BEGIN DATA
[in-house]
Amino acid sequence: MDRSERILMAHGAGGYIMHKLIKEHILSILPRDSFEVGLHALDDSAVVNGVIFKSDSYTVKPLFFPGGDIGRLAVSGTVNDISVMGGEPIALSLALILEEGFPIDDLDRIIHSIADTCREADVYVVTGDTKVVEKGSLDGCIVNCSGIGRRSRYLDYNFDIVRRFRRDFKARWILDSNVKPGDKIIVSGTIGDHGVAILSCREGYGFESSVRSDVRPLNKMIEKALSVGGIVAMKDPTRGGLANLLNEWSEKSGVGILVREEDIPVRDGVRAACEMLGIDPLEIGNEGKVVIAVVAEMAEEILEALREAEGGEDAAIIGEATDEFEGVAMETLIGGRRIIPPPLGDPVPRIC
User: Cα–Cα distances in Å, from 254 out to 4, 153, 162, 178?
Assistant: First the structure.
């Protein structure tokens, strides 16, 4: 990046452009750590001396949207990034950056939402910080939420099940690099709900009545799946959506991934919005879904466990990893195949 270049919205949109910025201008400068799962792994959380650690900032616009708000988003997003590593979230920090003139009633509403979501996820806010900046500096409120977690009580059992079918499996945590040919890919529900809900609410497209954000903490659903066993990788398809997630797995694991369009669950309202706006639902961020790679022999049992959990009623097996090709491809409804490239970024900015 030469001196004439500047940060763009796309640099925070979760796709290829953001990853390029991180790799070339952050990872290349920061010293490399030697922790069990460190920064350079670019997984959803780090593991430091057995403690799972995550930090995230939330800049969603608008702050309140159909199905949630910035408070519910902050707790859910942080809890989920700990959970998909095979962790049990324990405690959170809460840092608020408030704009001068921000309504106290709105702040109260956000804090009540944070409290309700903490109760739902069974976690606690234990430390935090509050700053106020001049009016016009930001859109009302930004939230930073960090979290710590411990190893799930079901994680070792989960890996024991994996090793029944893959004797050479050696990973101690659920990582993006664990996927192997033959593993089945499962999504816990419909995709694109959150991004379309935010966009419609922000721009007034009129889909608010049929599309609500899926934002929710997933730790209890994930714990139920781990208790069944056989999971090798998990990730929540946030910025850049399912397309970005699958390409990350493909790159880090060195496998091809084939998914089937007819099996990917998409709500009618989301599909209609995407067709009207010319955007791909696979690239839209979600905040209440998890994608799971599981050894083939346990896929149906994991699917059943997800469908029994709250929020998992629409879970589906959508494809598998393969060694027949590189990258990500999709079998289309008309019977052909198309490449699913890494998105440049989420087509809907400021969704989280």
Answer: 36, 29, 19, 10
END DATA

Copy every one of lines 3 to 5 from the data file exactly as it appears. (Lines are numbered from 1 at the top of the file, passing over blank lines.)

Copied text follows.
User: Cα–Cα distances in Å, from 254 out to 4, 153, 162, 178?
Assistant: First the structure.
């Protein structure tokens, strides 16, 4: 990046452009750590001396949207990034950056939402910080939420099940690099709900009545799946959506991934919005879904466990990893195949 270049919205949109910025201008400068799962792994959380650690900032616009708000988003997003590593979230920090003139009633509403979501996820806010900046500096409120977690009580059992079918499996945590040919890919529900809900609410497209954000903490659903066993990788398809997630797995694991369009669950309202706006639902961020790679022999049992959990009623097996090709491809409804490239970024900015 030469001196004439500047940060763009796309640099925070979760796709290829953001990853390029991180790799070339952050990872290349920061010293490399030697922790069990460190920064350079670019997984959803780090593991430091057995403690799972995550930090995230939330800049969603608008702050309140159909199905949630910035408070519910902050707790859910942080809890989920700990959970998909095979962790049990324990405690959170809460840092608020408030704009001068921000309504106290709105702040109260956000804090009540944070409290309700903490109760739902069974976690606690234990430390935090509050700053106020001049009016016009930001859109009302930004939230930073960090979290710590411990190893799930079901994680070792989960890996024991994996090793029944893959004797050479050696990973101690659920990582993006664990996927192997033959593993089945499962999504816990419909995709694109959150991004379309935010966009419609922000721009007034009129889909608010049929599309609500899926934002929710997933730790209890994930714990139920781990208790069944056989999971090798998990990730929540946030910025850049399912397309970005699958390409990350493909790159880090060195496998091809084939998914089937007819099996990917998409709500009618989301599909209609995407067709009207010319955007791909696979690239839209979600905040209440998890994608799971599981050894083939346990896929149906994991699917059943997800469908029994709250929020998992629409879970589906959508494809598998393969060694027949590189990258990500999709079998289309008309019977052909198309490449699913890494998105440049989420087509809907400021969704989280």